Betting on Connect – 100X the IM engagement and no need to re-spam your friends with more invites

Betting on Connect – 100X the IM engagement and no need to re-spam your friends with more invites

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We continue to believe that one of the best ways to provide our customers with great Microsoft product experiences is to let them connect to the other apps, services, and devices that they love—getting richer, more powerful experiences in both. From bringing Facebook into Messenger to letting you send email to your LinkedIn colleagues from Hotmail to powering the Twitter integration in Windows Phone's People Hub and more, we think it should be easy to use the services you choose. Your services should just work great together, without obstacles pushing you or your friends to "switch" services along the way.

Messenger and Facebook Chat is one of the key places where we're excited to see this come together—users love it, and we're literally seeing 100X the daily, per-user chat engagement from this approach compared to the traditional "federation" model. Messenger has been the world's leading IM service for many years, and about 5 years ago we worked with Yahoo! to start bringing the networks together. But at the time, all of us were frankly still quite worried about the risks of connecting, and so we took what clearly turned out to be the wrong approach for a "social" service like instant messaging, which is inherently about your social graph.

What we did at the time was "federation,” just like a traditional phone network or email service. If I use Messenger and not Yahoo!, and you use Yahoo! but not Messenger, but we want to chat with one another, I can send you an invite to become my "friend" on Messenger, and if you accept it, we're good to go. This does cover some good scenarios, but it's fundamentally broken for the most common case—if I'm a Messenger user and I've spent lots of time building my Messenger friends list, but happen to want to use Yahoo! or any other "app" as my device or client of choice, then I'm either stuck, or I have to re-spam every one of my friends with a new invite to "friend" me on this other service so we can do something we were already doing.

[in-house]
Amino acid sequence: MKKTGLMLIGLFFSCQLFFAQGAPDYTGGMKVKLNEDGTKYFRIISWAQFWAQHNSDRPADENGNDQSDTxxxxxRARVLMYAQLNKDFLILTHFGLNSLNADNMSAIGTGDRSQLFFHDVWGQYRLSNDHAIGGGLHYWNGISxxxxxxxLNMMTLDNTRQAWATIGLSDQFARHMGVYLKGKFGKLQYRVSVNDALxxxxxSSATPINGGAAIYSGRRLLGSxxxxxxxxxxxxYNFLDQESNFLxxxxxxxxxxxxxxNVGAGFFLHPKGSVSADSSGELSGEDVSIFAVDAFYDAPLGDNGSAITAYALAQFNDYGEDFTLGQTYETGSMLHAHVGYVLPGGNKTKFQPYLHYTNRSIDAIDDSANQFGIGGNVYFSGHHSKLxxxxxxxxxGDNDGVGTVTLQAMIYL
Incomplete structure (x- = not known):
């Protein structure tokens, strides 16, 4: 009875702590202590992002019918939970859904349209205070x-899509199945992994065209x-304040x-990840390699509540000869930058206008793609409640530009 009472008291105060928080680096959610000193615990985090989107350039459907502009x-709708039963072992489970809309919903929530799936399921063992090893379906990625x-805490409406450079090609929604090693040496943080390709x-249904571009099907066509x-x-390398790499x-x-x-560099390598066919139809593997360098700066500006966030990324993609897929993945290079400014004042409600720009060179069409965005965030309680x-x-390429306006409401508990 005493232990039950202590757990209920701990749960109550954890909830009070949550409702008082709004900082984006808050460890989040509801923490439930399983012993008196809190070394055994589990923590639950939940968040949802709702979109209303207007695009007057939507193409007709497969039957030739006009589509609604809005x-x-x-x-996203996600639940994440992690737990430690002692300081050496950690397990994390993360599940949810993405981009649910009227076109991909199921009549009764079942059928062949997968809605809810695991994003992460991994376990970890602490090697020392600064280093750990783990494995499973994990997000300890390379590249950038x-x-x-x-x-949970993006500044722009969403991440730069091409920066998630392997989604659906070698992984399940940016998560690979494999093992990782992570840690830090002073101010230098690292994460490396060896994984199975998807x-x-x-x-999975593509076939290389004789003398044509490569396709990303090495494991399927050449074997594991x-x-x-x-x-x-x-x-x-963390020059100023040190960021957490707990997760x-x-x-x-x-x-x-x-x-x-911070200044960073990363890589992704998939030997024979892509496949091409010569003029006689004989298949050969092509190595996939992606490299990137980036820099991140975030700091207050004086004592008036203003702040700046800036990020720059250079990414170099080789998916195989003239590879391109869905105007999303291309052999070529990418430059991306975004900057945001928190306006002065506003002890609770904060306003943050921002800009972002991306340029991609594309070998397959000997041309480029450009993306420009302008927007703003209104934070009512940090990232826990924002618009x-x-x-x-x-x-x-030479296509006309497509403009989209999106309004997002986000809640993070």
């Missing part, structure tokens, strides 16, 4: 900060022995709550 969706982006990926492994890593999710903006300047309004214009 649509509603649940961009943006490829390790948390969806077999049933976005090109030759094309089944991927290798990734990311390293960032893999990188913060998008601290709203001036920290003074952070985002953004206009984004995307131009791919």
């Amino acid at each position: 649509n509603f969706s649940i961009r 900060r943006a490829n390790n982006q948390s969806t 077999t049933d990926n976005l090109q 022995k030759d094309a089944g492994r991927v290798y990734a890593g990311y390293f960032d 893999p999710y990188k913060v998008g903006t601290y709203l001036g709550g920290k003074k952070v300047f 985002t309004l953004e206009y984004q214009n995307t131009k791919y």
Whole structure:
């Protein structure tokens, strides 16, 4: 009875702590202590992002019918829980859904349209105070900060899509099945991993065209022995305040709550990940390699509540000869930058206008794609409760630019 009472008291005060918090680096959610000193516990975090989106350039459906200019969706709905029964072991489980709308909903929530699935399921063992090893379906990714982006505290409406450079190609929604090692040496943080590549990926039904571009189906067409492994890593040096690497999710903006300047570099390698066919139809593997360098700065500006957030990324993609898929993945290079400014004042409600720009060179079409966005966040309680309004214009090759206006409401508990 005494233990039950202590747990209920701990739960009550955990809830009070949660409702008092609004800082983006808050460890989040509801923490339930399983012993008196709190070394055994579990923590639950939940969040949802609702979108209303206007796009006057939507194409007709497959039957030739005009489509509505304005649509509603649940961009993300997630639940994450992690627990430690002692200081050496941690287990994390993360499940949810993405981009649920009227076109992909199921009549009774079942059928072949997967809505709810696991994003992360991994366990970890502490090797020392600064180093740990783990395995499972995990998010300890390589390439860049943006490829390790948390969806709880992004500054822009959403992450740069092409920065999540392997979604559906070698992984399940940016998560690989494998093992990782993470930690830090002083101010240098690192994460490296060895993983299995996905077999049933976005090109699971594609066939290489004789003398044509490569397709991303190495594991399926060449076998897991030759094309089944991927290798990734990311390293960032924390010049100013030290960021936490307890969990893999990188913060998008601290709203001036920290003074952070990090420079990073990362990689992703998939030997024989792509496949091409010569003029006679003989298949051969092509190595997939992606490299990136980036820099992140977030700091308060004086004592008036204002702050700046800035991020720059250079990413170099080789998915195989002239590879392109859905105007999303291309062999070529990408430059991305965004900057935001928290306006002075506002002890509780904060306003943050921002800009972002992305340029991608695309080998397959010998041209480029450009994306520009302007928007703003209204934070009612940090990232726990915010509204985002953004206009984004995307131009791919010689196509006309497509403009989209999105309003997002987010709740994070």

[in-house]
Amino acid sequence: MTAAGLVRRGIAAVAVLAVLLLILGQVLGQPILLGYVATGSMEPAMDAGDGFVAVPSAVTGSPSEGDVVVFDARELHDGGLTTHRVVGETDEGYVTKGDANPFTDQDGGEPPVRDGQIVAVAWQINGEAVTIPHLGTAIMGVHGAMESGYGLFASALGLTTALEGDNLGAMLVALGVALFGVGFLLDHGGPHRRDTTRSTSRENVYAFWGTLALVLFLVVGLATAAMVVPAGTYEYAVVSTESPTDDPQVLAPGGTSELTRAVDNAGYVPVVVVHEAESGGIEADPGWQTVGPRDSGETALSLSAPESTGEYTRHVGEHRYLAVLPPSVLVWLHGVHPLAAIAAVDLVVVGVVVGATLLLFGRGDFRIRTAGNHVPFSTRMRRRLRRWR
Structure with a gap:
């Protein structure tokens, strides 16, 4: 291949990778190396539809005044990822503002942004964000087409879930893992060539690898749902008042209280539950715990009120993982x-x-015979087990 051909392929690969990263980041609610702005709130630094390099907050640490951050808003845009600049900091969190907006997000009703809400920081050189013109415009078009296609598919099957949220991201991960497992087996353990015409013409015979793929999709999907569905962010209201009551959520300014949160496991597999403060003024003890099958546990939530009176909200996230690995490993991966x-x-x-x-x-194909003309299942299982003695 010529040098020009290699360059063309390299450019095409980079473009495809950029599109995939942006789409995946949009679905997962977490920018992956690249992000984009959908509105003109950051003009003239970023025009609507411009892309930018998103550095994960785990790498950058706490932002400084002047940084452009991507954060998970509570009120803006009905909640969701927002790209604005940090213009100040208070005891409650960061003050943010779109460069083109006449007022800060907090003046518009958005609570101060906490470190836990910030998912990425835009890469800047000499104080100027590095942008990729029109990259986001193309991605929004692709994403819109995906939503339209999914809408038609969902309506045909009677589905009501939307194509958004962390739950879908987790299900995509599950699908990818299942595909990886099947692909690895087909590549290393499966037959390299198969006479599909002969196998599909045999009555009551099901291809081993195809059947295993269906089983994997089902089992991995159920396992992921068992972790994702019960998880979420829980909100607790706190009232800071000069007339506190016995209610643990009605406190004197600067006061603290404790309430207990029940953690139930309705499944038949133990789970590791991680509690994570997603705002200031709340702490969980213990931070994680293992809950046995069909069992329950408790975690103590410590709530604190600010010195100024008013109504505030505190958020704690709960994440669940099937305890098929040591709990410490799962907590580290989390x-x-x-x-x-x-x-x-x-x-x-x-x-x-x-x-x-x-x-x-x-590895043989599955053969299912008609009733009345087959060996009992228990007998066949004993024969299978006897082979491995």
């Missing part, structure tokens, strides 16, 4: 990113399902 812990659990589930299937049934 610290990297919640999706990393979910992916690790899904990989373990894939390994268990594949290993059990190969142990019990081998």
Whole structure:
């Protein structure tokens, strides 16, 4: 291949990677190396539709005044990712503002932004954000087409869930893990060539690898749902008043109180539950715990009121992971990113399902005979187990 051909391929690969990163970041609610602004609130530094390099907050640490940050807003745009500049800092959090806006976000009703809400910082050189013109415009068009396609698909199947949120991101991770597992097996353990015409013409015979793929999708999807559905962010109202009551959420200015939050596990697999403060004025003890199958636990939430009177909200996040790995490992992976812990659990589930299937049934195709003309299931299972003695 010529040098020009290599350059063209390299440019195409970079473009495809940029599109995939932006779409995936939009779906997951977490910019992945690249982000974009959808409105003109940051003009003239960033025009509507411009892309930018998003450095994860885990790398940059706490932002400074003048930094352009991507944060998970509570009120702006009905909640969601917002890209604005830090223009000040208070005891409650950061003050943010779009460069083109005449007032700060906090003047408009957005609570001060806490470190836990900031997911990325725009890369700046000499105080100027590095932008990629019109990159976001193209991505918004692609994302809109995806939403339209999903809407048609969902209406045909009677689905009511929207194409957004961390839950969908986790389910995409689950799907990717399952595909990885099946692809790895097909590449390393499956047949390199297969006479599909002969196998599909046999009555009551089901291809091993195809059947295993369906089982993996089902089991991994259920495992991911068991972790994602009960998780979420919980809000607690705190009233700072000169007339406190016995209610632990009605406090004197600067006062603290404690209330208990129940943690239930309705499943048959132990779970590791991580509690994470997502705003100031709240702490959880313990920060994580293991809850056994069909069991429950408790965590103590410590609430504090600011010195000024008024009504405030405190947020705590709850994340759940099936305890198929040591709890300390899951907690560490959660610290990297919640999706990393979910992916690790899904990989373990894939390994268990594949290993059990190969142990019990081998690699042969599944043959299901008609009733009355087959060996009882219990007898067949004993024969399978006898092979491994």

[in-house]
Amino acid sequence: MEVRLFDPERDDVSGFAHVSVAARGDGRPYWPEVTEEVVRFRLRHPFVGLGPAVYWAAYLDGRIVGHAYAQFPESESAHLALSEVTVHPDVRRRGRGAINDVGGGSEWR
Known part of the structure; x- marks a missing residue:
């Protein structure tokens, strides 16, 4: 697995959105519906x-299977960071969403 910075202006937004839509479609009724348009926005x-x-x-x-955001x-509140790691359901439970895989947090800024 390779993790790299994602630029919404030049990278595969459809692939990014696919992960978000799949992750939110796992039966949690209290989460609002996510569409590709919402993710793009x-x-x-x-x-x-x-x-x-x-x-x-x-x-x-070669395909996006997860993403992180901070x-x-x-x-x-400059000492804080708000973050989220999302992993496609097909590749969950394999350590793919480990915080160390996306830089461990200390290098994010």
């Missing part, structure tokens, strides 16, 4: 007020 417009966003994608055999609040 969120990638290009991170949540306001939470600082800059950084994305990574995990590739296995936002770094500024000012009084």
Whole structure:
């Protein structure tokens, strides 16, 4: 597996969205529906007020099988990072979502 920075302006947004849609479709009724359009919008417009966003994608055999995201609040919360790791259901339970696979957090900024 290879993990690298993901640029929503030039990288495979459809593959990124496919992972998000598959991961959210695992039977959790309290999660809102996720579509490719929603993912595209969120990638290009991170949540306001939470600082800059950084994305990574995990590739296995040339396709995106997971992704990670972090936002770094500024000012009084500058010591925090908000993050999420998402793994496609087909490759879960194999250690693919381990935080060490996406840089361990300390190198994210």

Again, this just isn't what most users need or want for a social app like messaging—I've got my social graphs where I've built them, and I want to just be able to choose the device or app I want to sign into those services and have everything just work. Said another way, I should be able to communicate with the friends I already have on the services I choose, without having to make them buy the same device as me or re-spam my friends with new invites.

By contrast, about a year ago we launched Facebook Chat integration, powered by the simple "connect" model where I connect my Facebook account to Messenger (just once), and the following just happens automatically:

  • All my Facebook friends are "just there"—no need to re-invite anyone.
  • I'm signed into Facebook Chat (just as if I was on from wherever I use Messenger—whether that’s on a Windows PC, from Hotmail, on a new Windows Phone and more.

Picture of Messenger Facebook Chat on Phone

Chat on Facebook and Hotmail

We've posted before about the ongoing overall growth of Facebook Chat from Messenger—we're now at 5 billion monthly Facebook IMs in 984 million conversations from 12.3 million monthly active users.

Active Users Facebook Chat via Messenger

Monthly IMs Facebook Chat via Messenger

And while we're excited about that continued overall momentum, we also wanted to share how these numbers compare with the "federation" approach that we've previously tried, and that some services are still more focused on today. Even after 5 years of having federation with Yahoo, and even though for most of that time both Yahoo! and Messenger global IM traffic has dwarfed total Facebook Chat traffic, when we look at a typical day like July 31, 2011, here's what we see: